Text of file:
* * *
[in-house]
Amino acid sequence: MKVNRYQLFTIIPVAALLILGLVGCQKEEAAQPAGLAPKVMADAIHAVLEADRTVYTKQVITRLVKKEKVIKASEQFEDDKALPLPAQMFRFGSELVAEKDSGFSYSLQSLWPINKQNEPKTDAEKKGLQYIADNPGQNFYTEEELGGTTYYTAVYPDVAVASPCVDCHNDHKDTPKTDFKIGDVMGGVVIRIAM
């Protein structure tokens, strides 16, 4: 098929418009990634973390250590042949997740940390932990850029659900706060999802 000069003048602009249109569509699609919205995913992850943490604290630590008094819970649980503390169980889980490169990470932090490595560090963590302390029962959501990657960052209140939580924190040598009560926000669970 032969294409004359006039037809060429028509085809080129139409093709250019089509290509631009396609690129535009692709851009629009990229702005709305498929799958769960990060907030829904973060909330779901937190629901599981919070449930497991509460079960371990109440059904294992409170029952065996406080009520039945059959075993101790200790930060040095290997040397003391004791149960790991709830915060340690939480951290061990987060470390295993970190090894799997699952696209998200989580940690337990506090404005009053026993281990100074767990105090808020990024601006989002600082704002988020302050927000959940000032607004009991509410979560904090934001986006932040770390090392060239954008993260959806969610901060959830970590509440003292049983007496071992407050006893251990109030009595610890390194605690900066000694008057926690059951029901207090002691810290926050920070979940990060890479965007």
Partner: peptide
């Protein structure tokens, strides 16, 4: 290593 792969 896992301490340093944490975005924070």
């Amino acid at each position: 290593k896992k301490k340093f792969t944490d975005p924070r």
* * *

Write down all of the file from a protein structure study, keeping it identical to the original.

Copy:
[in-house]
Amino acid sequence: MKVNRYQLFTIIPVAALLILGLVGCQKEEAAQPAGLAPKVMADAIHAVLEADRTVYTKQVITRLVKKEKVIKASEQFEDDKALPLPAQMFRFGSELVAEKDSGFSYSLQSLWPINKQNEPKTDAEKKGLQYIADNPGQNFYTEEELGGTTYYTAVYPDVAVASPCVDCHNDHKDTPKTDFKIGDVMGGVVIRIAM
């Protein structure tokens, strides 16, 4: 098929418009990634973390250590042949997740940390932990850029659900706060999802 000069003048602009249109569509699609919205995913992850943490604290630590008094819970649980503390169980889980490169990470932090490595560090963590302390029962959501990657960052209140939580924190040598009560926000669970 032969294409004359006039037809060429028509085809080129139409093709250019089509290509631009396609690129535009692709851009629009990229702005709305498929799958769960990060907030829904973060909330779901937190629901599981919070449930497991509460079960371990109440059904294992409170029952065996406080009520039945059959075993101790200790930060040095290997040397003391004791149960790991709830915060340690939480951290061990987060470390295993970190090894799997699952696209998200989580940690337990506090404005009053026993281990100074767990105090808020990024601006989002600082704002988020302050927000959940000032607004009991509410979560904090934001986006932040770390090392060239954008993260959806969610901060959830970590509440003292049983007496071992407050006893251990109030009595610890390194605690900066000694008057926690059951029901207090002691810290926050920070979940990060890479965007």
Partner: peptide
């Protein structure tokens, strides 16, 4: 290593 792969 896992301490340093944490975005924070």
């Amino acid at each position: 290593k896992k301490k340093f792969t944490d975005p924070r």